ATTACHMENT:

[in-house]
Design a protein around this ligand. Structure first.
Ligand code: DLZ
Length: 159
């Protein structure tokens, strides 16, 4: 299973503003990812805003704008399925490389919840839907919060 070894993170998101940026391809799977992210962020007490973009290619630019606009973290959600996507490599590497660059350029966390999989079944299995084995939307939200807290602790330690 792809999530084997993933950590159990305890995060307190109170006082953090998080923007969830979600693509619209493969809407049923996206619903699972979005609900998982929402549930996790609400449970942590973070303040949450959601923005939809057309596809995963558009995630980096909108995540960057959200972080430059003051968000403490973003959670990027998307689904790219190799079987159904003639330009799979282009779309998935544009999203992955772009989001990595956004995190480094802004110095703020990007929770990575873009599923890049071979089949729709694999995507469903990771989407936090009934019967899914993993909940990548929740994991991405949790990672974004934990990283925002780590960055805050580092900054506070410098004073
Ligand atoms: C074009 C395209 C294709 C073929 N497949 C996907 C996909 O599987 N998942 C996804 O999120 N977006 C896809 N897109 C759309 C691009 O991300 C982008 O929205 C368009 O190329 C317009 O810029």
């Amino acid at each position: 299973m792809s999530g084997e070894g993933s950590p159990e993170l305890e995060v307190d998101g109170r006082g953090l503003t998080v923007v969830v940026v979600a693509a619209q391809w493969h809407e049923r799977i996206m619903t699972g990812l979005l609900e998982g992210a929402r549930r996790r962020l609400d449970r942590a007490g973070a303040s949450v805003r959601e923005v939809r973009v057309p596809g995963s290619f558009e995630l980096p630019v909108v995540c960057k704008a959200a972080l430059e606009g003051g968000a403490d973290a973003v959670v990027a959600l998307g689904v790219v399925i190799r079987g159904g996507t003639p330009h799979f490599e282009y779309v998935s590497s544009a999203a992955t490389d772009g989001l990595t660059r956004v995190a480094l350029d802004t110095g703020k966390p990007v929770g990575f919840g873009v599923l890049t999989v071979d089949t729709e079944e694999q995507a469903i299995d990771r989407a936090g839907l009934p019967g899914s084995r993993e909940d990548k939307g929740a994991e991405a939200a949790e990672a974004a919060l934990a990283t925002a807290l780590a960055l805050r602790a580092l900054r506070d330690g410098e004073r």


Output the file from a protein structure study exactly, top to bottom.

[in-house]
Design a protein around this ligand. Structure first.
Ligand code: DLZ
Length: 159
């Protein structure tokens, strides 16, 4: 299973503003990812805003704008399925490389919840839907919060 070894993170998101940026391809799977992210962020007490973009290619630019606009973290959600996507490599590497660059350029966390999989079944299995084995939307939200807290602790330690 792809999530084997993933950590159990305890995060307190109170006082953090998080923007969830979600693509619209493969809407049923996206619903699972979005609900998982929402549930996790609400449970942590973070303040949450959601923005939809057309596809995963558009995630980096909108995540960057959200972080430059003051968000403490973003959670990027998307689904790219190799079987159904003639330009799979282009779309998935544009999203992955772009989001990595956004995190480094802004110095703020990007929770990575873009599923890049071979089949729709694999995507469903990771989407936090009934019967899914993993909940990548929740994991991405949790990672974004934990990283925002780590960055805050580092900054506070410098004073
Ligand atoms: C074009 C395209 C294709 C073929 N497949 C996907 C996909 O599987 N998942 C996804 O999120 N977006 C896809 N897109 C759309 C691009 O991300 C982008 O929205 C368009 O190329 C317009 O810029």
């Amino acid at each position: 299973m792809s999530g084997e070894g993933s950590p159990e993170l305890e995060v307190d998101g109170r006082g953090l503003t998080v923007v969830v940026v979600a693509a619209q391809w493969h809407e049923r799977i996206m619903t699972g990812l979005l609900e998982g992210a929402r549930r996790r962020l609400d449970r942590a007490g973070a303040s949450v805003r959601e923005v939809r973009v057309p596809g995963s290619f558009e995630l980096p630019v909108v995540c960057k704008a959200a972080l430059e606009g003051g968000a403490d973290a973003v959670v990027a959600l998307g689904v790219v399925i190799r079987g159904g996507t003639p330009h799979f490599e282009y779309v998935s590497s544009a999203a992955t490389d772009g989001l990595t660059r956004v995190a480094l350029d802004t110095g703020k966390p990007v929770g990575f919840g873009v599923l890049t999989v071979d089949t729709e079944e694999q995507a469903i299995d990771r989407a936090g839907l009934p019967g899914s084995r993993e909940d990548k939307g929740a994991e991405a939200a949790e990672a974004a919060l934990a990283t925002a807290l780590a960055l805050r602790a580092l900054r506070d330690g410098e004073r």